Some Western fashion companies create clothes for rhinestone cowboys or urban wannabes. But not Wrangler.
Since 1947, Wrangler has been catering to the needs of working cowboys and has racked up more firsts in the Western fashion industry than any other label. You might think a company that caters so strongly to the Western lifestyle would be located smack-dab in the heart of the West. Not so. Wrangler calls Greensboro, North Carolina home.
Blue Bell labeling tag from 1949
Add another bit of irony to the history of Wrangler's phenomenal growth. It was a flashy 47-year-old Philadelphia tailor, Rodeo Ben (and a couple of rodeo cowboys), who helped the company earn its reputation for authenticity in clothes loved by real working cowboys.
In 1947, Wrangler (then called Blue Bell) was noted as a stable company that turned out dependable dungarees and work overalls for working class folks. Denim jeans at that time were all made in a very boxy shape with a button front closure. The legs were baggy. The waist was low. The body of the jeans had no shape. It wasn't much of a look for cowboys who needed jeans that would help them do their job in the corral or the performance arena. What Blue Bell wanted from Rodeo Ben was a pair of authentic cowboy cut jeans suitable for riding a horse, a bull or any other critter a cowboy might tackle in the rodeo arena or the ranch corral. Comfort was to be the key for these Western-cut jeans for the mass market.
Rodeo Ben rose to the occasion, even though such functional workaday garb was quite out of character for him. He had, after all, cut his own reputation by designing sequin-studded and embroidered clothes for popular rodeo stars and such notable Western legends as Gene Autry and Roy Rogers.
Rodeo great Jim Shoulders is quoted in the book, Way Out West as saying, “Even before I went to rodeo in New York, I knew that anybody who had himself a Rodeo Ben suit or even a Rodeo Ben pair of britches, why, he’d been winning something. It was a big deal.”
Shoulders and Freckles Brown rest rode Ben's prototype jeans. And in 1947, after 13 variations, the 13MWZ (13 tries, men's western upper jean) was born. It was the first pair of jeans with a zipper fly, and cowboys of all persuasions loved the result.
In 100 Years of Western Wear, Tyler Beard notes, "Ben created the first pair of five pocket, straight legged fitted blue jeans targeted at rodeo cowboys. Cowboys liked the fitted appearance due to double-needled felled seams for rugged durability, flat copper rivets that would not rub on the saddle, deep front pockets for gloves or other working cowboy necessities and split double-rein- forced back pockets designed to be tool proof. The broken-twill denim process prevented the fabric from wrinkling or twisting as much when washed.”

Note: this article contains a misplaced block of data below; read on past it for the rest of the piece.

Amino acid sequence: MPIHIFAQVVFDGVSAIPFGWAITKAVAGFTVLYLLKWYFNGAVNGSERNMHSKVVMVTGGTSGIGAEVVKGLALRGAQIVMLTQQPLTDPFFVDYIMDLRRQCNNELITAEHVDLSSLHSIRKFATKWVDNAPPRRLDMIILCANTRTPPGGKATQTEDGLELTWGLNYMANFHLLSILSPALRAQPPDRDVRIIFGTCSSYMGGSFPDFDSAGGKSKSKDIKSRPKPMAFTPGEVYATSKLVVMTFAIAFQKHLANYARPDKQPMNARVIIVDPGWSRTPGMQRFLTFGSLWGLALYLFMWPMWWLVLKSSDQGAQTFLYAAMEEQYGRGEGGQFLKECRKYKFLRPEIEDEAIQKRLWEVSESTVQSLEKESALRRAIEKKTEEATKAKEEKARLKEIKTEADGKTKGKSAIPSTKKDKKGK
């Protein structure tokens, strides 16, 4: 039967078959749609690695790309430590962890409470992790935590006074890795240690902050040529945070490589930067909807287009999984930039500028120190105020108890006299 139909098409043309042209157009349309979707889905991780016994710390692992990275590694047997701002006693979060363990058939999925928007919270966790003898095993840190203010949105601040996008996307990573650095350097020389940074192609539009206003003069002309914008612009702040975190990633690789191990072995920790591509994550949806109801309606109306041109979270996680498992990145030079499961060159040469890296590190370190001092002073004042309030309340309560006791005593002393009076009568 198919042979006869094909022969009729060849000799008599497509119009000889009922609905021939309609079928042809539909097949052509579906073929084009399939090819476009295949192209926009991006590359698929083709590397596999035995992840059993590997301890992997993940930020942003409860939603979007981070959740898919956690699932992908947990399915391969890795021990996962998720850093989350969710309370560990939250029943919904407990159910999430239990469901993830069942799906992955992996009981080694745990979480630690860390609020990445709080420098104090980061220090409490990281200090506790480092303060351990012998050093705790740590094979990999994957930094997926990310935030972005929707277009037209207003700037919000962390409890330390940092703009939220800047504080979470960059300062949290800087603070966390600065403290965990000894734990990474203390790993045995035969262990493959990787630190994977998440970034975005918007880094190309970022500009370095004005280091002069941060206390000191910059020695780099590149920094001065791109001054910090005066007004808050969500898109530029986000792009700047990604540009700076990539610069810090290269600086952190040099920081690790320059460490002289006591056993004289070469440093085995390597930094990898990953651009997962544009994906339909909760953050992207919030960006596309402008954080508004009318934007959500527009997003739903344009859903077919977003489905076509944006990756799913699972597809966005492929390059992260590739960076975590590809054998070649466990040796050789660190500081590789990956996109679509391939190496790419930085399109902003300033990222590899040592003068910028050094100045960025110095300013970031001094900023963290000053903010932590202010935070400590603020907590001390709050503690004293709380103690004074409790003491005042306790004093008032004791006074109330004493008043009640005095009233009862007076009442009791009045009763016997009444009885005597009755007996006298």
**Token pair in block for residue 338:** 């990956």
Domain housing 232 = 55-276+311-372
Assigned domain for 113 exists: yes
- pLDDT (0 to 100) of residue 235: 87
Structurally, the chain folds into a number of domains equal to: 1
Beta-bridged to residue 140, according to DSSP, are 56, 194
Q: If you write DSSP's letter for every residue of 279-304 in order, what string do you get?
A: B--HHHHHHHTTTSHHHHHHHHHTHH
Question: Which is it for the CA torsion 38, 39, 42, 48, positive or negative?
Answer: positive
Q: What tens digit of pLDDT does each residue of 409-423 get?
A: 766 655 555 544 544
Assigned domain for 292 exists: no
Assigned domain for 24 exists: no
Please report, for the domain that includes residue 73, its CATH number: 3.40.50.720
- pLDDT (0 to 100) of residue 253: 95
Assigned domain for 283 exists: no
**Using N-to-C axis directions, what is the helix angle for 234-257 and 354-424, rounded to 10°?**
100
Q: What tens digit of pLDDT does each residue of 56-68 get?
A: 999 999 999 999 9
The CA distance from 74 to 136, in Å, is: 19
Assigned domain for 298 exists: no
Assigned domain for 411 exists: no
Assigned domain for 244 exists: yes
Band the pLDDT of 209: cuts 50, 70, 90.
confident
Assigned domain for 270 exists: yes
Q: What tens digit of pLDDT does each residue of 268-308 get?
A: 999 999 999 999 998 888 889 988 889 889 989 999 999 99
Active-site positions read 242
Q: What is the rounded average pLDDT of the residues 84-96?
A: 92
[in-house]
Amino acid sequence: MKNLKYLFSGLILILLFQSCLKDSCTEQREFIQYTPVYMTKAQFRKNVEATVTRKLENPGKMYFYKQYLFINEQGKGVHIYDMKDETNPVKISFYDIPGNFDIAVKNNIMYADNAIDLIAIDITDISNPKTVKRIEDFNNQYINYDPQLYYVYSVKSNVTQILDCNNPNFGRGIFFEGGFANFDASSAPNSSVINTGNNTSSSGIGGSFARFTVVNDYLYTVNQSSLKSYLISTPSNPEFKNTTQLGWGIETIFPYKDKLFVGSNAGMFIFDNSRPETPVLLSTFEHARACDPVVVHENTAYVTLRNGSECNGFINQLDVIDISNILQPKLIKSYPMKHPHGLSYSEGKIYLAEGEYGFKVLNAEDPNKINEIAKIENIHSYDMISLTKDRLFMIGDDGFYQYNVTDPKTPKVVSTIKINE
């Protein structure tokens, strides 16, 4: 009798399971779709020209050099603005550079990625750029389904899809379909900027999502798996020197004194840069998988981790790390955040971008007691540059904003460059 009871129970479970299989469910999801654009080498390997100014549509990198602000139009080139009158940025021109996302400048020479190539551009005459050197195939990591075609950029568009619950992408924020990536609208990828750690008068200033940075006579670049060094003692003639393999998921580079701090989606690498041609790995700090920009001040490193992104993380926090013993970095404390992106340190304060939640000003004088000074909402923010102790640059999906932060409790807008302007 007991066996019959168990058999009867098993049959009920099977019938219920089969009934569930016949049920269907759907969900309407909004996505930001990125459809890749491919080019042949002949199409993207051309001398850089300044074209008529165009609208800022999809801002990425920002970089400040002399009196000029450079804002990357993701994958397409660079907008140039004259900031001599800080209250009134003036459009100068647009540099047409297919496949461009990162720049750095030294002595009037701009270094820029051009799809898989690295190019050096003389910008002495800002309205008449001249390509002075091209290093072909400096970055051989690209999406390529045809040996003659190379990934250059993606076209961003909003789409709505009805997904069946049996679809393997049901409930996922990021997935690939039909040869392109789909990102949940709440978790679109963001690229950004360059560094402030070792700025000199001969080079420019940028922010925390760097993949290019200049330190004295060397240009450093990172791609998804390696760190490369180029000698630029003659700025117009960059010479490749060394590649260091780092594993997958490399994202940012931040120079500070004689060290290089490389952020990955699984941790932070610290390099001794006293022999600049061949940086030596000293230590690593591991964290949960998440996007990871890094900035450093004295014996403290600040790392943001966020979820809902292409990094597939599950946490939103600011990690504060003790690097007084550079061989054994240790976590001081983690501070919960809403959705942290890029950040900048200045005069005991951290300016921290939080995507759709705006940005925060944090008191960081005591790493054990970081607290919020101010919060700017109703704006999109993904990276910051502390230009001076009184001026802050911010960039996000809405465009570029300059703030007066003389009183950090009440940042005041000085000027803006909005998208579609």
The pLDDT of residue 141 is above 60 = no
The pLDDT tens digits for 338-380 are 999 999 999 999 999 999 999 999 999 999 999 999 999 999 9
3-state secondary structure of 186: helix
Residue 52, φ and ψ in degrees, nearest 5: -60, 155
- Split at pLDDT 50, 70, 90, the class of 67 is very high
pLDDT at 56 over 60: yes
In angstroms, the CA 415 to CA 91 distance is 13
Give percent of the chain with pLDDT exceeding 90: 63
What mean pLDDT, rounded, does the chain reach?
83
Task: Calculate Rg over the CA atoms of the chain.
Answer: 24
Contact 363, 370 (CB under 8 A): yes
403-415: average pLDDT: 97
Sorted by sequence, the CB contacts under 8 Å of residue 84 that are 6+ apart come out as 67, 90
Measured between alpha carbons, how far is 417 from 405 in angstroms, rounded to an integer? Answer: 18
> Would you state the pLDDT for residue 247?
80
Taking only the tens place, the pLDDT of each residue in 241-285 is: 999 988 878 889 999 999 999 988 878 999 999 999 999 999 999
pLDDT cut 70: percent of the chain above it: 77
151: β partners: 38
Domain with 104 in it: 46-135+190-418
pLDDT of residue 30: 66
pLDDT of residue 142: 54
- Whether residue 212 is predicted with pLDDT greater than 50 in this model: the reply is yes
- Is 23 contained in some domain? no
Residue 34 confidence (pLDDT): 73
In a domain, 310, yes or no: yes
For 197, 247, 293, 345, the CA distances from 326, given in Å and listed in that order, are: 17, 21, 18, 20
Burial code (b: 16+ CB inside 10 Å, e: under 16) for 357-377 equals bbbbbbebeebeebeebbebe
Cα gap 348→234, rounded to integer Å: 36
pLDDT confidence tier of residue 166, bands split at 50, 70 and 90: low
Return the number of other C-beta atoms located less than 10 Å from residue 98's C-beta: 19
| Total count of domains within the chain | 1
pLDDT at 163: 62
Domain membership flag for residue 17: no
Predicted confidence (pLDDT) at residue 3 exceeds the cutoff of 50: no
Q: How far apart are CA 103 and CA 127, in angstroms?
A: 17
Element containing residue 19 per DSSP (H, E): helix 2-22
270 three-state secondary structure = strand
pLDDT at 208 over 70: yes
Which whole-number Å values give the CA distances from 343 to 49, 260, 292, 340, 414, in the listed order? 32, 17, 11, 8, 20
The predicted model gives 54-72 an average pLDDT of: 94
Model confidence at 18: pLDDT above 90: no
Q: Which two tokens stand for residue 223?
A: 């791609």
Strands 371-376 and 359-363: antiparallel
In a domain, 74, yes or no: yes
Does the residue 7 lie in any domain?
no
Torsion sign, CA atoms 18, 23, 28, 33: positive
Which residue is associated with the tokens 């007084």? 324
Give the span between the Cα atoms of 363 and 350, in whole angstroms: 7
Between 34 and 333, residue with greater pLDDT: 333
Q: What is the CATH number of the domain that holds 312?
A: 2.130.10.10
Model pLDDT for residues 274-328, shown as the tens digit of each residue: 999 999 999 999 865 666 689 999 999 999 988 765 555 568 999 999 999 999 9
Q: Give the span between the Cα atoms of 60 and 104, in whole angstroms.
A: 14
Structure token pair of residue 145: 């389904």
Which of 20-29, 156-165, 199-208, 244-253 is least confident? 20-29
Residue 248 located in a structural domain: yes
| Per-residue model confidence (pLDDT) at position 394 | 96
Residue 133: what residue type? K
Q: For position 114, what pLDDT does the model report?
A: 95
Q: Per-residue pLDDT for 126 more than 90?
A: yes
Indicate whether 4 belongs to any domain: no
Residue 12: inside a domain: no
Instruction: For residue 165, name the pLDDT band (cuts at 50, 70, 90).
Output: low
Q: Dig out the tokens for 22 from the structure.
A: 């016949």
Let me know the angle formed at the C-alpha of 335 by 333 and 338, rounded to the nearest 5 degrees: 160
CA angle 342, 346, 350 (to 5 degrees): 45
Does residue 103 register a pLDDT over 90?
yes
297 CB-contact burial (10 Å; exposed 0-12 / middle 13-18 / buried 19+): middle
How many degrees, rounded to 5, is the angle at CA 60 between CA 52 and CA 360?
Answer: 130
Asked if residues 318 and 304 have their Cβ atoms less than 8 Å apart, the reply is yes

Beard continues: "Ben also moved the ever present watch pocket from down inside the pocket well up to the waistband area, which meant a watch chain could more easily be attached to a belt loop for easy access to the time. The rise in the back end was higher so a cowboy didn't have to sit on his billfold."
1946 Blue Bell logo
The functional aspect of jeans was exceedingly important to rodeo performers. Cowboys needed a high back rise jean to keep their shirt tails in while riding. The higher rise also kept the jean from binding cowboys across their waist while they rode. They needed more seat and thigh room to work in the saddle.
They needed a smaller leg opening to protect their legs from brush while riding a horse and to protect their boots. The smaller leg opening also allows cowboys to "'stack" their jeans — a Western tradition that lets cowboys buy their jeans four inches longer than normal inseams to fit right on their boots while riding. No real working cowboy would wear "high waters,' an unflattering term reserved for jeans that are too short, and one that's also applied to "nerds" who wear their pants far too short.
They also needed more belt loops — seven — and a wide space between the front belt loops to accommodate those flashy Western belts, and the trophy buckle - a vital part of any cowboy's fashion look.
The people at Wrangler gave every cowboy at the Madison Square Garden rodeo two pairs of their new Rodeo Ben jeans, and in 1948, the company hired Shoulders — who was on his way to becoming the winningest rodeo cowboy ever — to be its spokesman in national advertisements. Years later, after he had won the All-Around World Champion Cowboy title five times, he would comment: "I have been associated with Wrangler longer than anybody in the company. I have outlived all the presidents and everybody else there.”
The Blue Bell employees drew The task of naming the new jeans and from their suggestions, the name wrangler was chosen. Rodeo Ben be. came so well known that for years his nice appeared, along with those of five champion rodeo cowboys, on all the paper tags stapled to the back pocket of Wrangler jeans.